The Other Ghibli Mastermind.

When I mention Studio Ghibli, it is probably almost instinctive that the first name that comes to your head be Hayao Miyazaki, and why shouldn’t it? With the impressive array of features on his CV, including a number of box office record breakers. And despite being described as a Ghibli “co-founder”, it is perhaps Miyazaki’s influences that shine through most prominently in the studio’s releases.

However, when I mention Studio Ghibli, there is another name that springs forward to me, the name of a director who first showed me how realistic and emotional an anime can be. I refer, of course to the second founding father of Studio Ghibli: Isao Takahata.

I first stumbled across Takahata when I ventured into the Studio Ghibli collections as a teen. I’d watched and enjoyed Princess Mononoke, I’d been exposed to the recent releases of Spirited Away and Howl’s Moving Castle, and I still wanted more. My first resource was the internet. I browsed through review websites, trawled for recommendations, and eventually established that “Grave of the Fireflies”, was the most consistently high rated Ghibli film. (I was later to find this view matched by highly acclaimed american film critic, Roger Ebert).

I am one of those people who believes an ending has the ability to make a film, and despite Grave of the Fireflies being engaging throughout, it is the heart-wrenching end that makes it really hit home. It is without a doubt, the most moving film I have ever seen. Imagine Atonement (if you’ve seen it), then multiply the emotional impact by ten. Needless to say, I spent most of that afternoon watery eyed…

At that point in time, I hadn’t really taken note of who the director of the film was, and it wasn’t until much later that I really established my admiration for Takahata. Subsidized partially by my student loan, I invested in Pom Poko and Only Yesterday, two further Takahata films, and they instantly climbed up to the top of my list of favourite films.

Pom Poko watches like what could be any Hayao Miyazaki film (it follows the story of a group of raccoons who find their home being destroyed in order to create a new suburb of Tokyo), and as it was his original concept, perhaps that explains a lot. Where it differs from Miyazaki is the ending. Pom Poko has, once again, impact. It takes you on a journey, perhaps similar to a Miyazaki film, you are introduced to the characters, you cheer on their crusade, but this time the meaning really hits home. There’s no magical spirit to save the day. There’s no single hero whose brave sacrifice will save the world. There is only a stark sense of realism, instilling guilt and sympathy into each and every watcher. I look at at Pom Poko, and I can’t help but wonder how much more effective could Miyazaki’s works be with a similarly strong and emotional finale? But then again, maybe that’s not what the Box Office wants.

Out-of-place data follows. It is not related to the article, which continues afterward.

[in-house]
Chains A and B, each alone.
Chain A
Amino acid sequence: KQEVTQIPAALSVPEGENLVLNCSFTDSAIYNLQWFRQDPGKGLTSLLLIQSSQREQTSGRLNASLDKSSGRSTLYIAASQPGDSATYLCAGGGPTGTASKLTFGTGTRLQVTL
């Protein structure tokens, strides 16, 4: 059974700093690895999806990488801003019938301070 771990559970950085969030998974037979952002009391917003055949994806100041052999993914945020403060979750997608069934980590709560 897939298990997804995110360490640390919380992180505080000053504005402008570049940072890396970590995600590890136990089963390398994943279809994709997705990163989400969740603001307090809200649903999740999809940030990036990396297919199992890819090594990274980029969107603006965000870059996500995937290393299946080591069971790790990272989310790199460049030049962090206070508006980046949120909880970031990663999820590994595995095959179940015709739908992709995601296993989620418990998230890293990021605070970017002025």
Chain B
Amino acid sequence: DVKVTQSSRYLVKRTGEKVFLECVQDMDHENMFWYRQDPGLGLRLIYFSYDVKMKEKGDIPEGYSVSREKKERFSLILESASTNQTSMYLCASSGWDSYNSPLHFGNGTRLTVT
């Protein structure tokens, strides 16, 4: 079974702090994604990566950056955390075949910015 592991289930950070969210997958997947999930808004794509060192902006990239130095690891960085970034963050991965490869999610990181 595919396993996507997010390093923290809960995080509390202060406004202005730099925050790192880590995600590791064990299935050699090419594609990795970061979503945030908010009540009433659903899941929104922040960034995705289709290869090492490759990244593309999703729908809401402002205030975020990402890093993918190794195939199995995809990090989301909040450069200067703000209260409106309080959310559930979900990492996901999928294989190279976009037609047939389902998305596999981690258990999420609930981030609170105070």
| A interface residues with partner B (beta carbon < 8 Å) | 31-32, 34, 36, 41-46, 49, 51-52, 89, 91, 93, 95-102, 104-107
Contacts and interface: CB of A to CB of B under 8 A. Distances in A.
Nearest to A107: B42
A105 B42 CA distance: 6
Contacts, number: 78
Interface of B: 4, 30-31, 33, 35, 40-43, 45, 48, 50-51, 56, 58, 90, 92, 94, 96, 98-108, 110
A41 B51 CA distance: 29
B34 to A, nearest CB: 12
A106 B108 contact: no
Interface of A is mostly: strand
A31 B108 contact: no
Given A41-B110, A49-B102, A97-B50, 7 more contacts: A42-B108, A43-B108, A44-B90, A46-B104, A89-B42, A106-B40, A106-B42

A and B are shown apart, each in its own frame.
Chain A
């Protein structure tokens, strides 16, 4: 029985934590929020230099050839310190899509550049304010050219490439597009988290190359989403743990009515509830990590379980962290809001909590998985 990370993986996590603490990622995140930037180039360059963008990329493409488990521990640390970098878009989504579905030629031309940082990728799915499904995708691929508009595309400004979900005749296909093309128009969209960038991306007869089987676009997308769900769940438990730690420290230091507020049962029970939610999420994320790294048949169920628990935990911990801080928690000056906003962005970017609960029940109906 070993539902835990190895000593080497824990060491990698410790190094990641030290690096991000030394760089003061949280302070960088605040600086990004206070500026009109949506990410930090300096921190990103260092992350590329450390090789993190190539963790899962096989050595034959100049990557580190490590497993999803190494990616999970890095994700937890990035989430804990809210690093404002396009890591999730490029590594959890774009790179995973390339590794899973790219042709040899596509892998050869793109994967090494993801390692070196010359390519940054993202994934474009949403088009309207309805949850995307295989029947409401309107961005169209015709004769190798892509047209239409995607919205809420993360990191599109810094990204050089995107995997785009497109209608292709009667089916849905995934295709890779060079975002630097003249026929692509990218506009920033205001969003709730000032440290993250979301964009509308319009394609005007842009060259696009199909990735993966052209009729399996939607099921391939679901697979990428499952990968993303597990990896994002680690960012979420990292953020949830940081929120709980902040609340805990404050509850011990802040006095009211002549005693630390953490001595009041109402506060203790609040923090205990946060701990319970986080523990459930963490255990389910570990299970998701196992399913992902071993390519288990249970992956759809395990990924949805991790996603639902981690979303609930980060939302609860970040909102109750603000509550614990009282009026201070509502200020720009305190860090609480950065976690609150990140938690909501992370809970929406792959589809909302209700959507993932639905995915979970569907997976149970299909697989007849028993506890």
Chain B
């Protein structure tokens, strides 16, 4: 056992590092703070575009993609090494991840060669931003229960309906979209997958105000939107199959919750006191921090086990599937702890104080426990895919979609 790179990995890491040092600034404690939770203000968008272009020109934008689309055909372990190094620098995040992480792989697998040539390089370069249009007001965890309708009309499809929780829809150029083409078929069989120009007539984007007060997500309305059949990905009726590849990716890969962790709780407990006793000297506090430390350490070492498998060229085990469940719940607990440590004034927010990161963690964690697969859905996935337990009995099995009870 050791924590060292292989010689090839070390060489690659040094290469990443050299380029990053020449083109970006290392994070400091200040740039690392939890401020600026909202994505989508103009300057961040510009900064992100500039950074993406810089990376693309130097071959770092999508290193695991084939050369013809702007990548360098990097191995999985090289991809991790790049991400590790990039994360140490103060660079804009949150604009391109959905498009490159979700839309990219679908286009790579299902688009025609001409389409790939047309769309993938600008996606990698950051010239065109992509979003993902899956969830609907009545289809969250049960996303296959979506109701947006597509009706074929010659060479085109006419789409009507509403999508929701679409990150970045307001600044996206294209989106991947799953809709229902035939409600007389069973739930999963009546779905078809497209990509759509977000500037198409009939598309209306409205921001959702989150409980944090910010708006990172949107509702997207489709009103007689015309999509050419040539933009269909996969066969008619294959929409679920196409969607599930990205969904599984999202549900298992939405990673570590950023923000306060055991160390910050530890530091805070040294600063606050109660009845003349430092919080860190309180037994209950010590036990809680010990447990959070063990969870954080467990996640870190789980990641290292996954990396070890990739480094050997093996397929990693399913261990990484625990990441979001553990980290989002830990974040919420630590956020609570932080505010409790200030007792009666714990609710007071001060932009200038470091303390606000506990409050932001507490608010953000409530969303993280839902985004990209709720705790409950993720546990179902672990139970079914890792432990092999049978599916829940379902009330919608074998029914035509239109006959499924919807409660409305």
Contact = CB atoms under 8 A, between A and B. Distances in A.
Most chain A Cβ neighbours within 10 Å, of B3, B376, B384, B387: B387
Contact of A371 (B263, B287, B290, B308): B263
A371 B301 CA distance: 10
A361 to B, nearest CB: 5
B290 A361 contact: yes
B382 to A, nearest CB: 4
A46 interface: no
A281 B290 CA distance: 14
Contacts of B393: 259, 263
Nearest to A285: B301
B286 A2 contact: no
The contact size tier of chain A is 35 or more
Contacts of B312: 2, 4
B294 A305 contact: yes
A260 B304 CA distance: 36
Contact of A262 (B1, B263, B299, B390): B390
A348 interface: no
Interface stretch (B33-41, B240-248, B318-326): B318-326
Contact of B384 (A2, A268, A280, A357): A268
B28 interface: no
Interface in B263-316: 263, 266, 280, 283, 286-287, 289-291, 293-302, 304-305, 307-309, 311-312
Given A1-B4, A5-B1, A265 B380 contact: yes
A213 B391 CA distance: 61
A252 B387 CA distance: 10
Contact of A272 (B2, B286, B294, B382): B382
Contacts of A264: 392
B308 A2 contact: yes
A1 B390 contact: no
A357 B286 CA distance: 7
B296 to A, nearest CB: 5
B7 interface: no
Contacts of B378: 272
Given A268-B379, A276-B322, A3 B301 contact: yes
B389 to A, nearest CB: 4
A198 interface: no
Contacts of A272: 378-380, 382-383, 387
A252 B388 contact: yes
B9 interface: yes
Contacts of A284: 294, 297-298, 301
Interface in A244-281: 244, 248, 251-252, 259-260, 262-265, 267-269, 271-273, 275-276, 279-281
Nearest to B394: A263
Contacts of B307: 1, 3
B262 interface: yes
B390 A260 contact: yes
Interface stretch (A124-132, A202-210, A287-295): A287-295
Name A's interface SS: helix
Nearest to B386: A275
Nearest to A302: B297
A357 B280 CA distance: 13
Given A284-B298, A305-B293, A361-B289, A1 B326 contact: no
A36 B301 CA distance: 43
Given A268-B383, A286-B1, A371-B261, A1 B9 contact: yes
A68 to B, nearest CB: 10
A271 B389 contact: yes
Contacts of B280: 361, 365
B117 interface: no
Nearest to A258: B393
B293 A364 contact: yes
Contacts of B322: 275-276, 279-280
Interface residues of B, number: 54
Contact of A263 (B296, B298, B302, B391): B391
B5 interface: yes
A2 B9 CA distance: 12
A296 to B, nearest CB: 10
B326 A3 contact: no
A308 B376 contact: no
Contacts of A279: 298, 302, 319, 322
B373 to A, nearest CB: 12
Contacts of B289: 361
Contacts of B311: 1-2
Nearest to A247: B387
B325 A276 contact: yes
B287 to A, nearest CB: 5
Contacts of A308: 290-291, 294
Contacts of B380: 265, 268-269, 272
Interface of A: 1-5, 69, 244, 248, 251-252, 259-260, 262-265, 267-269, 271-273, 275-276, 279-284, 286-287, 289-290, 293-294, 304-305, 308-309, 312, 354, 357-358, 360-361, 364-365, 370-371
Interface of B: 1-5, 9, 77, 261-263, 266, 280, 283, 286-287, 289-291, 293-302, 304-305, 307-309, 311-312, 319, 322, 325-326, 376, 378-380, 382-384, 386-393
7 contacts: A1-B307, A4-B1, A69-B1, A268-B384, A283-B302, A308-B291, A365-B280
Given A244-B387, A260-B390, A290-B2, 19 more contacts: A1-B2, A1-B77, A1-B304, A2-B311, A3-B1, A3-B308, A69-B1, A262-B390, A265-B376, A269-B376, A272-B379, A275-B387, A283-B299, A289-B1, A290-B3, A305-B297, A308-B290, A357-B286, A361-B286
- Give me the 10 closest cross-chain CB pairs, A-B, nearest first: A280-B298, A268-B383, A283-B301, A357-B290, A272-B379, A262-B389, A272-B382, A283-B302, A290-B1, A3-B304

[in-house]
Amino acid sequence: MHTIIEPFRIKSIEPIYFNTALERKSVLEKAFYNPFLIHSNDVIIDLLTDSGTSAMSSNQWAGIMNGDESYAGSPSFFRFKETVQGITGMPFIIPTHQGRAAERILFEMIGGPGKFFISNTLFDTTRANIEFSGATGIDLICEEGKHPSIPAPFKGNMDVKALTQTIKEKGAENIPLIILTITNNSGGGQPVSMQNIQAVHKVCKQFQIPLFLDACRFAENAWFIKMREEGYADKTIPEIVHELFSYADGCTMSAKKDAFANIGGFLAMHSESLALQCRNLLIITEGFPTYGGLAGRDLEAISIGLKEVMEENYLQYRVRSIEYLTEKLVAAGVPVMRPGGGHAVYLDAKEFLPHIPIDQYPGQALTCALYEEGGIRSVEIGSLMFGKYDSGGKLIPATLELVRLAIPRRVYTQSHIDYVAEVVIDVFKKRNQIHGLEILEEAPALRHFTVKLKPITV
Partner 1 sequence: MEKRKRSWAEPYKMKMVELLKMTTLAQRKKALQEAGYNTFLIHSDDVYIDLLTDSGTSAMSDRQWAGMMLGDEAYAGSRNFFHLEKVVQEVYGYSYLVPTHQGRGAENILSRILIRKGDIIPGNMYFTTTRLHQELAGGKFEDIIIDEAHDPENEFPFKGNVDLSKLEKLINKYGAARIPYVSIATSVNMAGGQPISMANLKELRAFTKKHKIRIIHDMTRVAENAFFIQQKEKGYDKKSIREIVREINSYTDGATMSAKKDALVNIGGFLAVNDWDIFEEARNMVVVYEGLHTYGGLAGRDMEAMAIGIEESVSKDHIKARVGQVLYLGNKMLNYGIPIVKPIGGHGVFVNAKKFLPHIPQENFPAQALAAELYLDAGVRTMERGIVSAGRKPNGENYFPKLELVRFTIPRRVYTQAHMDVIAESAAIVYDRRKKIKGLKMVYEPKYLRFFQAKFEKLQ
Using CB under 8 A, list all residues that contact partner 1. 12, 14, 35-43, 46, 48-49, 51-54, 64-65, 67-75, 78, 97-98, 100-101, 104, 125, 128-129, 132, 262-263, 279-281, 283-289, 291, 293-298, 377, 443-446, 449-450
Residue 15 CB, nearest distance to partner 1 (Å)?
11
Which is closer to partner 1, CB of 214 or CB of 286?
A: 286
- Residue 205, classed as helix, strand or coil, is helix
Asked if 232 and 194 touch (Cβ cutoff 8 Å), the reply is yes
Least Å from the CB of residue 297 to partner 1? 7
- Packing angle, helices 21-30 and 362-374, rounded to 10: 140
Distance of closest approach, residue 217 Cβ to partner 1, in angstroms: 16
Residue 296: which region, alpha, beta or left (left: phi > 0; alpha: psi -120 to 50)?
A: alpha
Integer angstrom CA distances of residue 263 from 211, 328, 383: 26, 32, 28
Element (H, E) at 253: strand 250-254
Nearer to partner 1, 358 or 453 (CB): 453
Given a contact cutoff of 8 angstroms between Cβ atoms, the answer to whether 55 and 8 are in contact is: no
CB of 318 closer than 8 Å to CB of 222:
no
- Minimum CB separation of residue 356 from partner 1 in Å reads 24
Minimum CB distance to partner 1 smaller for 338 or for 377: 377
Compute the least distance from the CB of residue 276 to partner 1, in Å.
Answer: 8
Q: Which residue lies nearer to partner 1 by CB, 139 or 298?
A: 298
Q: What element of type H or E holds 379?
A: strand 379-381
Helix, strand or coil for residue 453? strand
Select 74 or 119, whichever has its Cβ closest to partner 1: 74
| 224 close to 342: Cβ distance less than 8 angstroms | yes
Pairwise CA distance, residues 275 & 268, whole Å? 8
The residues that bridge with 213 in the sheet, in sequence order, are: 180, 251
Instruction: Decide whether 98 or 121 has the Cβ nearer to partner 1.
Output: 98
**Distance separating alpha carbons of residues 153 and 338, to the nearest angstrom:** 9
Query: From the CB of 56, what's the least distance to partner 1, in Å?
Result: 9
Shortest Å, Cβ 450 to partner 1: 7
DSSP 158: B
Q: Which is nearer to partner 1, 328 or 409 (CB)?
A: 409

Which brings me to the subject of “Only Yesterday”. I have no doubt that Only Yesterday is one of the most underrated Ghibli titles, and that probably comes down to the fact that it’s so different from the rest of them. It is not an epic, environmental fantasy following the endeavors of a strong moralled young main character in their attempts to save the world. No, it is much more sedate. Only Yesterday follows Taeko Okajima, a 27 year old office worker, as she embarks on her summer holiday to visit the Japanese countryside. She stays with her sister’s husband’s family, and works on the farm there, the type of holiday she had longed for as a child.

Throughout the film, Taeko is bothered by memories of her 10 year old self, and she reflects on these with members of the cast in ways that are perhaps more significant than we, or she, realise.

Although a lot of the film is spent watching the 10 year old Taeko, you are found sympathising with the older, selfless Taeko with whom you are introduced at the beginning of the film, each memory and subsequent wistful reflection only serve to give a deeper understanding and empathy for her character.

Only Yesterday expresses a story that you wouldn’t normally imagine suitable to an animated adaptation, but it shows conclusively how well anime can represent reality, and how subtle animation can affect the way a story is viewed, a lesson that I wish was heeded more often in the anime community.

It is no surprise that Only Yesterday’s ending isn’t as hard hitting as Grave of the Fireflies, or even Pom Poko, but it creates an emotional link that my words could not give justice, and I firmly believe it to be the most artistic story expressed by Studio Ghibli to this day.

I am disappointed that there have been few Takahata directed movies to enjoy in recent years, the last being 1999 comedy “My Neighbours the Yamadas”, however I am soon to be relieved of my wait. It was announced last September that Isao Takahata would be directing a film named “Taketori Monogatari”, or “The Tale of the Bamboo Cutter”, an adaptation of a Japanese folk tale, and I can’t wait to get my teeth into it, and see how his style has progressed, hopefully for the better.


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